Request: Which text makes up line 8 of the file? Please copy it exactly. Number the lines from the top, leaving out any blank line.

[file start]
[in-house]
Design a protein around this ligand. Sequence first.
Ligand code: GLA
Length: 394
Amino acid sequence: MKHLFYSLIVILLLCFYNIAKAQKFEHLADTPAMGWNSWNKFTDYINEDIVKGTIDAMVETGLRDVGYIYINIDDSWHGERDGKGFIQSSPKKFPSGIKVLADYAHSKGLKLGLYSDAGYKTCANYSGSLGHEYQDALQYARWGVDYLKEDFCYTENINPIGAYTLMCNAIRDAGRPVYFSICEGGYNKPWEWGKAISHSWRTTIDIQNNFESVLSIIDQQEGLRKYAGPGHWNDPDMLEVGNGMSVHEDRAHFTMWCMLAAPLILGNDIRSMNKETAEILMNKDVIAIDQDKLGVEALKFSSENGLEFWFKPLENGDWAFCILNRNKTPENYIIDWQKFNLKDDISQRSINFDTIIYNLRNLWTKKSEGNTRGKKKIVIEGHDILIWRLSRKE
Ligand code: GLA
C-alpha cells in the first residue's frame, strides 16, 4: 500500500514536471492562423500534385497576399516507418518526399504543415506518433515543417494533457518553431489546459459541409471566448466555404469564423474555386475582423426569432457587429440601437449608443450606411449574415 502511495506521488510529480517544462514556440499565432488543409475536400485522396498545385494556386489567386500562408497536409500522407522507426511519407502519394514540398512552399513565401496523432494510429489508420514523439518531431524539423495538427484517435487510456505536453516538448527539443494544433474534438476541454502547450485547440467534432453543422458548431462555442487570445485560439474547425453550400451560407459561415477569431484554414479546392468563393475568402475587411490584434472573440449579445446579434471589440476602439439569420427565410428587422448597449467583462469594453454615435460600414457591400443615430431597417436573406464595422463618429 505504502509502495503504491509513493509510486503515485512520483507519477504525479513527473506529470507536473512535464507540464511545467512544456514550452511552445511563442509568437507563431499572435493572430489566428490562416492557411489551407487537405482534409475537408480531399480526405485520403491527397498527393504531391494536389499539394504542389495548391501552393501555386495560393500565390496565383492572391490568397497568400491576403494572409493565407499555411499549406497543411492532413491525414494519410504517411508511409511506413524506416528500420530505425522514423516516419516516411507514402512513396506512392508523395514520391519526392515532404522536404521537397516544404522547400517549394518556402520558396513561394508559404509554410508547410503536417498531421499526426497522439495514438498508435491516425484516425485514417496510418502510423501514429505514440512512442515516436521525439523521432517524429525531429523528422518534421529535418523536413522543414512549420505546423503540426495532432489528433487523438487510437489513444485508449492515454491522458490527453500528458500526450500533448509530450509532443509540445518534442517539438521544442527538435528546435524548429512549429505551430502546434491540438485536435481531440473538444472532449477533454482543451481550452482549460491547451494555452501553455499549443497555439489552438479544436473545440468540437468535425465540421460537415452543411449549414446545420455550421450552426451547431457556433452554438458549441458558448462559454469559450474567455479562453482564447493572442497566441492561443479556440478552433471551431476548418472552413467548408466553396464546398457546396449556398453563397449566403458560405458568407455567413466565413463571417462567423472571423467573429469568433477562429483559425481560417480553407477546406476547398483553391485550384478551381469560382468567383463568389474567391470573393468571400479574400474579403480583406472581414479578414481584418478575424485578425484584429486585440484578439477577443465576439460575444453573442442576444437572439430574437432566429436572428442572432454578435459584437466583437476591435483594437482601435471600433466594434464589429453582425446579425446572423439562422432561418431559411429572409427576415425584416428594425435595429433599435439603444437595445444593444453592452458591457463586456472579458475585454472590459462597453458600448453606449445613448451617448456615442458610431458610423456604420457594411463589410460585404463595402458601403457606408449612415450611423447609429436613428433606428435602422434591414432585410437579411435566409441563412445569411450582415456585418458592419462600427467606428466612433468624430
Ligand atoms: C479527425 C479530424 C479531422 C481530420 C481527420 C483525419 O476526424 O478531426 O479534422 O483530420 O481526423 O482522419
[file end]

Ligand atoms: C479527425 C479530424 C479531422 C481530420 C481527420 C483525419 O476526424 O478531426 O479534422 O483530420 O481526423 O482522419